The latest episode of our monthly webTV show from the CFZ and CFZtv, bringing you news on our activities within cryptozoology and natural history as well as the latest cryptozoological, and monster hunting news from around the world. I can't believe that we have done this every month for five years now - 61 episodes. Golly!
This episode brings you:
CFZ in autumn
Barnstaple Museum Cryptozoology Exhibition
Sheri the student
Peer Reviewed Journal
The Journal of Cryptozoology
The Crypto Community
Monsters of Siberia - yeti/almasty
Corinna looks at out of place birds
New and Rediscovered: Cuban solenodon
New and Rediscovered: New seasnake
New and Rediscovered: The world's rarest whale
Wednesday, November 07, 2012
Posted by Jon Downes at 1:13 PM
In August 1817, reports of a 60- to 70-foot-long sea beast reached a fever pitch in Gloucester, Mass., after numerous witnesses claimed seeing a huge serpent moving rapidly through the harbor. This was not the first time — nor the last time — the people of Massachusetts would report such a sight. Serpent sightings were noted as early as the 1630s, but none were taken as seriously as those in 1817. The creature was said to have a turtle-like head adorned with a spear or horn and a body as wide as a barrel. The reports gained so much momentum that the Linnaean Society of New England assembled a team to collect evidence, and Gen. David Humphreys (a former member of George Washington's staff) traveled to the scene to collect eyewitness accounts.
Posted by Jon Downes at 1:04 PM
New on Frontiers of Zoology: Two Reposts By Request:
Posted by Jon Downes at 11:45 AM
In an article for the first edition of Cryptozoology Bernard Heuvelmans wrote that cryptozoology is the study of 'unexpected animals' and following on from that perfectly reasonable assertion, it seems to us that - whereas the study of out of place birds may not have the glamour of the hunt for bigfoot, or lake monsters - it is still a perfectly valid area for the Fortean Zoologist to be interested in. So, after about six months of regular postings on the main bloggo, Corinna has taken the plunge and started a 'Watcher of the Skies' blog of her own as part of the CFZ Bloggo Network.
Posted by Jon Downes at 11:43 AM
The hunt for British Big Cats attracts far more newspaper-column inches than any other cryptozoological subject. There are so many of them now that we feel that they should be archived by us in some way, so we should have a go at publishing a regular round-up of the stories as they come in. In September 2012, Emma Osborne decided that the Mystery Cat Study Group really deserved a blog of its own within the CFZ Blog Network.
Posted by Jon Downes at 11:37 AM
Another day, another set of blogs. I worked late last night to ensure that not only was the first proof of Nick Redfern's book on British BHM phenomena completed to my satisfaction, but that the latest episode of OTT was finished. It is uploaded now for your delectation. I then drank brandy and listened to Helen McCookerybook's extraordinary Voxpop Puella album, and read another chunk of Pete Townshend's autobiography. Both merit reviews in some depth...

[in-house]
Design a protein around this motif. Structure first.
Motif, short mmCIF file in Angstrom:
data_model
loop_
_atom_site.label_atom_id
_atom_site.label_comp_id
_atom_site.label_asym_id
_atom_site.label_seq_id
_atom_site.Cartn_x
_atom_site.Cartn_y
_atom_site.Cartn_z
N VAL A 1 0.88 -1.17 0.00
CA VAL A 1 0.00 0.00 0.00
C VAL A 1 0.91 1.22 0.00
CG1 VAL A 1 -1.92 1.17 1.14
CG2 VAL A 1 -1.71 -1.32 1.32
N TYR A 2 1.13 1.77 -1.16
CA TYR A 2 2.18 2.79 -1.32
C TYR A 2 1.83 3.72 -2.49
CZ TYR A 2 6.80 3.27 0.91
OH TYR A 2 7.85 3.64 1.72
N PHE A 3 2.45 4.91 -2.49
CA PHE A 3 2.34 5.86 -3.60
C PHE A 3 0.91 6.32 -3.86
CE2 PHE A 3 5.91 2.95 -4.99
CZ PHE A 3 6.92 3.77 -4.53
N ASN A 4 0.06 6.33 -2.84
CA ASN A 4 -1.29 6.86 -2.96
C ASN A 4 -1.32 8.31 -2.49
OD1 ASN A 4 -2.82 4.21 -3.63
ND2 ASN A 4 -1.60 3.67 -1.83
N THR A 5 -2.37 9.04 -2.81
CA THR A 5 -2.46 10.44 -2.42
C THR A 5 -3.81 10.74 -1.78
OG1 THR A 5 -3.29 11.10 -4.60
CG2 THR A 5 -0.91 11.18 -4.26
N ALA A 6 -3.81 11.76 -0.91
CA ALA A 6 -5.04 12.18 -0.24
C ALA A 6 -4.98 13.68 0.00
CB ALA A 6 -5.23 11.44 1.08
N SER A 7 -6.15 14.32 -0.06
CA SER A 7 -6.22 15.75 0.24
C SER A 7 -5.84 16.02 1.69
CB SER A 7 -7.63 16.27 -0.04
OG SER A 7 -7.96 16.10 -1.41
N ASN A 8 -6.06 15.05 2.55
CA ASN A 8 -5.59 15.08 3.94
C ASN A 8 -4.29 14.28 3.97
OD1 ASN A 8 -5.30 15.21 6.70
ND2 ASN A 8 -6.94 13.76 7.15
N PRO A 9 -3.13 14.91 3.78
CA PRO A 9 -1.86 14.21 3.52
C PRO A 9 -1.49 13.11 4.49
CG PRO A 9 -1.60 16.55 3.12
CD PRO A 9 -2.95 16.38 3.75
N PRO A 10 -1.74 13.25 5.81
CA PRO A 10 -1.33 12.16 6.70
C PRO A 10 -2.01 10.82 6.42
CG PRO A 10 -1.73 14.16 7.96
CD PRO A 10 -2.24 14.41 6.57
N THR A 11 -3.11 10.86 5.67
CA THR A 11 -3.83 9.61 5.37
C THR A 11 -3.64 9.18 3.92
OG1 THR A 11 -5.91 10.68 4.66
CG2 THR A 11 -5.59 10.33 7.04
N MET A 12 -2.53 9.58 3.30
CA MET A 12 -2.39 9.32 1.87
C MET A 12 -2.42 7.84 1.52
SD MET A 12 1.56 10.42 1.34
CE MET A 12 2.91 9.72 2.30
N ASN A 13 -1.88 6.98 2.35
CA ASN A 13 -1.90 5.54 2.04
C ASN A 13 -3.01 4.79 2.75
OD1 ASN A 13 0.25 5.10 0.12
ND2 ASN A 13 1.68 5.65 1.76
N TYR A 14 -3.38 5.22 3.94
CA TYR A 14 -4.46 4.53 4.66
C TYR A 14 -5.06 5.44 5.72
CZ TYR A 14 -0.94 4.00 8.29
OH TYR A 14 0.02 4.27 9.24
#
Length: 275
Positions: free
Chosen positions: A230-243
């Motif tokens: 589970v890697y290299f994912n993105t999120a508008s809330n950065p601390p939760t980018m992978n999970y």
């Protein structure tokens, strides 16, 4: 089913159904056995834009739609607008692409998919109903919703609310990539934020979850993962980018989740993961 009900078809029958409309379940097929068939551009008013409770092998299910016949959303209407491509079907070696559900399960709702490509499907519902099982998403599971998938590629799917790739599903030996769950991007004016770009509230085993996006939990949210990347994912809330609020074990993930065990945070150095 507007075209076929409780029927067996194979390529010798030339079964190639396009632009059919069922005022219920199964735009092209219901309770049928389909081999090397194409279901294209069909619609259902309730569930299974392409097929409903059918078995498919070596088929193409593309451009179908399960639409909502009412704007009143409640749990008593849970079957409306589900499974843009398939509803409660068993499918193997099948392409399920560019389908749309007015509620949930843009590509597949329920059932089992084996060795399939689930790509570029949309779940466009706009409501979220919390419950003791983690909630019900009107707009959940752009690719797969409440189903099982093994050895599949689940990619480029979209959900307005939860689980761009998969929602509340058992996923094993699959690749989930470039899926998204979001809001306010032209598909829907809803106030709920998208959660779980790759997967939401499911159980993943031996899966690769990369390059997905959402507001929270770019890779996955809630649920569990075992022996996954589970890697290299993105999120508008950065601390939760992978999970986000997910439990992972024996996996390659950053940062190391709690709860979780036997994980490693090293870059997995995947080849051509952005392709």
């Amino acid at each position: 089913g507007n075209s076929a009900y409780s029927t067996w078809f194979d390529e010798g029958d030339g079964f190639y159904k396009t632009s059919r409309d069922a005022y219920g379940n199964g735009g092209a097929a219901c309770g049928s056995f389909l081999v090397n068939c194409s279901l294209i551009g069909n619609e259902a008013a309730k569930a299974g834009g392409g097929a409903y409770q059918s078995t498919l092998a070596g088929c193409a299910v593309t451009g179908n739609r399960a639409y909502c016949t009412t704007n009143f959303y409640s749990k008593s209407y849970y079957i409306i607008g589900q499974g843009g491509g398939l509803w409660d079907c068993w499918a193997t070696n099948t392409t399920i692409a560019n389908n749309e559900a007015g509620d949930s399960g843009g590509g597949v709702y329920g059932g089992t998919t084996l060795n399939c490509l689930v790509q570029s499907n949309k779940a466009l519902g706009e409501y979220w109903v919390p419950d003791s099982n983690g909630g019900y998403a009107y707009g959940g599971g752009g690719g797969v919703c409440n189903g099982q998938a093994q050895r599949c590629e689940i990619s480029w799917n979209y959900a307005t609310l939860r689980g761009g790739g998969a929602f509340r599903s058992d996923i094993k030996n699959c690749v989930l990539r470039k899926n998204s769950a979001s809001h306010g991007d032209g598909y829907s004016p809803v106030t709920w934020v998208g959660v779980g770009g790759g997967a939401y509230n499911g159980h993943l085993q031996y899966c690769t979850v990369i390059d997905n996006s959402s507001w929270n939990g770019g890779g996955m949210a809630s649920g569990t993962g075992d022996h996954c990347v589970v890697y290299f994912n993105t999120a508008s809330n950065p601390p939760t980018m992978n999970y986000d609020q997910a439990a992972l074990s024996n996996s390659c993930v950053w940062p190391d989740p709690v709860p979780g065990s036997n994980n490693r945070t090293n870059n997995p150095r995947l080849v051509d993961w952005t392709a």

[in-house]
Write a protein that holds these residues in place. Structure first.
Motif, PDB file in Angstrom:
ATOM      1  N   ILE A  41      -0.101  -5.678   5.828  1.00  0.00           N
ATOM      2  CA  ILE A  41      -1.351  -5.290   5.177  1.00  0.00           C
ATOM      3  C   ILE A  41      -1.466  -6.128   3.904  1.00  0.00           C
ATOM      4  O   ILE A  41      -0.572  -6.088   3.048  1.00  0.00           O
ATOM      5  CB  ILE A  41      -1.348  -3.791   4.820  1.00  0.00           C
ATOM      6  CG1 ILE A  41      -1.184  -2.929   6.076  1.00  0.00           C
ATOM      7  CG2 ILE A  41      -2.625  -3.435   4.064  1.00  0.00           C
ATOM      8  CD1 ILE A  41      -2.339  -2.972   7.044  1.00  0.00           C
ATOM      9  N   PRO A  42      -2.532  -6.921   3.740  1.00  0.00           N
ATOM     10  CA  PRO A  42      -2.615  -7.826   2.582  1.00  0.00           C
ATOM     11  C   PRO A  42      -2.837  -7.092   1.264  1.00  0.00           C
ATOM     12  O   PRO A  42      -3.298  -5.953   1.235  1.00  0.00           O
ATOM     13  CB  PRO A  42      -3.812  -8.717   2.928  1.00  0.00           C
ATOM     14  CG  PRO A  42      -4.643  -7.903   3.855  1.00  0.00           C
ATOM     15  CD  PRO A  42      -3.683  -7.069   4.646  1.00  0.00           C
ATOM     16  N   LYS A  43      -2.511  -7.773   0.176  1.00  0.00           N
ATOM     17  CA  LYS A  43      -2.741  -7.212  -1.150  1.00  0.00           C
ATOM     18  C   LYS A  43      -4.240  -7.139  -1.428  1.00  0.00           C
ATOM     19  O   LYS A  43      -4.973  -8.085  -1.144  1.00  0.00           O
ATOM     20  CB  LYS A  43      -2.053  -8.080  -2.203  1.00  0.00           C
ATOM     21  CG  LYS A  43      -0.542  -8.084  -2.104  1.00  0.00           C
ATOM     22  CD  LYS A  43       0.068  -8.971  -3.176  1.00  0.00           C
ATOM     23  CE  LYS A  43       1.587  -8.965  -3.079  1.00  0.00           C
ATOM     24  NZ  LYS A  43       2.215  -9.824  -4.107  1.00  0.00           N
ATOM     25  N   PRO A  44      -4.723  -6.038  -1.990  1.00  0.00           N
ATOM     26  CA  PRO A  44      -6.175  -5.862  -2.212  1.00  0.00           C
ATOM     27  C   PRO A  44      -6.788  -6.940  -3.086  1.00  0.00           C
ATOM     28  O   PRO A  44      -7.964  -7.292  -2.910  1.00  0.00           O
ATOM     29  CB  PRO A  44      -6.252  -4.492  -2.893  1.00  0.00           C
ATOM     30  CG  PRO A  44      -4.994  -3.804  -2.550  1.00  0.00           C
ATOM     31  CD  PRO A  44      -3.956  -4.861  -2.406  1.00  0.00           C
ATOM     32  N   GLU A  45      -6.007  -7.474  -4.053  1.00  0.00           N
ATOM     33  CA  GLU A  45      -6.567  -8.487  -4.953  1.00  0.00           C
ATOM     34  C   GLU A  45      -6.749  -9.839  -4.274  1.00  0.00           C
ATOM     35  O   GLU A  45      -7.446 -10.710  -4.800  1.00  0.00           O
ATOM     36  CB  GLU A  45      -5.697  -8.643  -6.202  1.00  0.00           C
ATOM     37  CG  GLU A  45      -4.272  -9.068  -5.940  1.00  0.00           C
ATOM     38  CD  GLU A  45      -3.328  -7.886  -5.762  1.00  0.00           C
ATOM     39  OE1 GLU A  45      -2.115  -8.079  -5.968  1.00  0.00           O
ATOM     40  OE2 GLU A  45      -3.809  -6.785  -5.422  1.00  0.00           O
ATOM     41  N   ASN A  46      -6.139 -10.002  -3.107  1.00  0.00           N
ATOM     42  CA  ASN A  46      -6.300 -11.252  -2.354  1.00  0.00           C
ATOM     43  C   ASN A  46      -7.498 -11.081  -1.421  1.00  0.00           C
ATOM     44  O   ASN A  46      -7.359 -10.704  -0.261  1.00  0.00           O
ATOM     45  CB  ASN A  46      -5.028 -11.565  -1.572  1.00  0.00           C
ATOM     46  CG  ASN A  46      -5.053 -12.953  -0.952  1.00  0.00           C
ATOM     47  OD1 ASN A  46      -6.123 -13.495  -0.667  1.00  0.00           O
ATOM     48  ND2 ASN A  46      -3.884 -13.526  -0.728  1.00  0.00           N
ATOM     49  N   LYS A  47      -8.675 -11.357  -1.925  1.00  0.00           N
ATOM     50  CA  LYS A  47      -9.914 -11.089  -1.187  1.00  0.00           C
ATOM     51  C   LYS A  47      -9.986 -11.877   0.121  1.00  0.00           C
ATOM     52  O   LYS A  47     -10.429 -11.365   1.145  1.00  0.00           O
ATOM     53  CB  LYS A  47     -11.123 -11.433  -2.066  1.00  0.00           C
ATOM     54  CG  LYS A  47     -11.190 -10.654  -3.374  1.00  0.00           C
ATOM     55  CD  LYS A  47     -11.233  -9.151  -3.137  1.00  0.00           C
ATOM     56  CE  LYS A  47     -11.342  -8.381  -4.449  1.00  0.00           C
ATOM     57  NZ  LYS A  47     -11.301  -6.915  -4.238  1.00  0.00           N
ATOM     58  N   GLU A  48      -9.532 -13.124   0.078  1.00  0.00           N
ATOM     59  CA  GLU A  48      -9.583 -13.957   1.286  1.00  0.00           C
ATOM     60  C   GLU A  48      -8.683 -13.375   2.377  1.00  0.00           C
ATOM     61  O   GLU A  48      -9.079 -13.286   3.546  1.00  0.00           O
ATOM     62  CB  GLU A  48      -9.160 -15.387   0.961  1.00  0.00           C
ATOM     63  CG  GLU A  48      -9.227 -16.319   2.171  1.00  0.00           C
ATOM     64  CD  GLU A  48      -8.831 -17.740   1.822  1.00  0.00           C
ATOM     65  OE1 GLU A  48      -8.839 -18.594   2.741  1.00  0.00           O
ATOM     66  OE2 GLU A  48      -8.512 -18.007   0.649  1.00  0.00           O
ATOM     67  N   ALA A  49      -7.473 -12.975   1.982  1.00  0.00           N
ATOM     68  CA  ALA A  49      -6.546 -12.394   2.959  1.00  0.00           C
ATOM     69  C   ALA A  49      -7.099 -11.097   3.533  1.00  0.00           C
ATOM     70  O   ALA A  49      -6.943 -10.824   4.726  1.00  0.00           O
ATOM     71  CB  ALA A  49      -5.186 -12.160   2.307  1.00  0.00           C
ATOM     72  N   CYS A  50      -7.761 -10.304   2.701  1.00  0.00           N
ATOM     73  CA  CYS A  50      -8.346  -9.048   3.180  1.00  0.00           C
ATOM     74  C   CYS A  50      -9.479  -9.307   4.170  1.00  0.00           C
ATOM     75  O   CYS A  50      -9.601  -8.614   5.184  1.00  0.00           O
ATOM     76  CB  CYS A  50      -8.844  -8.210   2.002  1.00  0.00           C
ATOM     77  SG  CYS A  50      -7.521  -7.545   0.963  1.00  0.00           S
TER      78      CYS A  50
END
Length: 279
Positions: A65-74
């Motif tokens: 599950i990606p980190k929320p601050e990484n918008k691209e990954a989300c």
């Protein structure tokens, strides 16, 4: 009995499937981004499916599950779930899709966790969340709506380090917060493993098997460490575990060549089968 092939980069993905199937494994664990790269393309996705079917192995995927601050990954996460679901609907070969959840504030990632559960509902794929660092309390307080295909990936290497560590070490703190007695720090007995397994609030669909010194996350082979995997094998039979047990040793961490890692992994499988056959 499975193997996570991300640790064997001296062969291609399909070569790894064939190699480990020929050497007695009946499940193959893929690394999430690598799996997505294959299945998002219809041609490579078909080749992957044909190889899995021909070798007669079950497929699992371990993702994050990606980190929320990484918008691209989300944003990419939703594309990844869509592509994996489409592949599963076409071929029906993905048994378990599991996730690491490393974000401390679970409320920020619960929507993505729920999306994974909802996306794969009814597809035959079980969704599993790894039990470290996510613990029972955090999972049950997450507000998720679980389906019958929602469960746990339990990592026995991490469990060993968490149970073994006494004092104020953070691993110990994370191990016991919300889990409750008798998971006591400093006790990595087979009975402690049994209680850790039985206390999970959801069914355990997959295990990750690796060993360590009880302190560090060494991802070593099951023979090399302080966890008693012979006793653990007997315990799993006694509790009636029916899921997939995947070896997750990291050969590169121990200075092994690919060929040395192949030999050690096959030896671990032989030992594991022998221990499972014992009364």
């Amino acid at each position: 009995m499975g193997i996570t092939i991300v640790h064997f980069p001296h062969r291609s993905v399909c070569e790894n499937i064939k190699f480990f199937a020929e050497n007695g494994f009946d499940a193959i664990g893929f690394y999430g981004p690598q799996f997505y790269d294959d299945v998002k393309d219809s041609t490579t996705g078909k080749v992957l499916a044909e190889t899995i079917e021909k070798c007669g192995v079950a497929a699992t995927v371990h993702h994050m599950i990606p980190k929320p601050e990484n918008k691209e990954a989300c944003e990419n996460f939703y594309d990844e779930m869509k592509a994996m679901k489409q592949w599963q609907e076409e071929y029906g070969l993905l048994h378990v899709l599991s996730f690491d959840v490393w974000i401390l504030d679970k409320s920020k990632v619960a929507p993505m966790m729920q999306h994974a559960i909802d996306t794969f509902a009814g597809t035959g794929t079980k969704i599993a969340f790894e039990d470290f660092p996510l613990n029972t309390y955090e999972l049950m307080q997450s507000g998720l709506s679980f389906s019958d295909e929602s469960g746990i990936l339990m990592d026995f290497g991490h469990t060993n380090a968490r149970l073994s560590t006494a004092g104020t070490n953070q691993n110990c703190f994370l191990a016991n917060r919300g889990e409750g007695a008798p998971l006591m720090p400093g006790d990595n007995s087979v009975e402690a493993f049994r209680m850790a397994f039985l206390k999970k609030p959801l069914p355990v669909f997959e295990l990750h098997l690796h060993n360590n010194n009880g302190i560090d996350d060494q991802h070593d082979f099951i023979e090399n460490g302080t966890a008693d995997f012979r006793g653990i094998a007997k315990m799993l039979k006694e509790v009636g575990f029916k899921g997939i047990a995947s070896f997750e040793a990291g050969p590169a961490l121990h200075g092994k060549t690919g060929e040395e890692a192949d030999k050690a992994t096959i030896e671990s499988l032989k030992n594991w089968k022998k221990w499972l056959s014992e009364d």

Judy Dyble is one of my favourite singers and I am very glad to say that she is back in the game...
This year has been a spectacular one musicwise. Maybe the Mayans were right. If so, at least we go out on a high
Part two of our exclusive Barbara Dickson interview
Jon Anderson live at the Grammy Museum
Our daily visit to the omniverse of Thom the World Poet..
Jefferson Starship live at the Flying Monket
The Gonzo Daily is a two way process. If you have any news or want to write for us, please contact me at email@example.com. If you are an artist and want to showcase your work, or even just say hello please write to me at firstname.lastname@example.org. Please copy, paste and spread the word about this magazine as widely as possible. We need people to read us in order to grow, and as soon as it is viable we shall be invading more traditional magaziney areas. Join in the fun, spread the word, and maybe if we all chant loud enough we CAN stop it raining. See you tomorrow...
The Gonzo Daily is - as the name implies - a daily online magazine (mostly) about artists connected to the Gonzo Multimedia group of companies. But it also has other stuff as and when the editor feels like it. The Editor is an old hippy of 53 who - together with his orange cat - puts it all together from a converted potato shed in a tumbledown cottage deep in rural Devon. He is ably assisted by his lovely wife Corinna, his bulldog/boxer Prudence, and a motley collection of social malcontents. Plus.. did we mention the orange cat?
Posted by Jon Downes at 11:32 AM
On this day in 1492 a meteorite struck the Earth near the town of Ensisheim in what is now part of France. The Ensisheim Meteorite is the oldest meteorite strike with a well documented date of impact.
And now the news:
Here's some very nice footage of a recent meteorite in Peru:
Posted by Jon Downes at 11:31 AM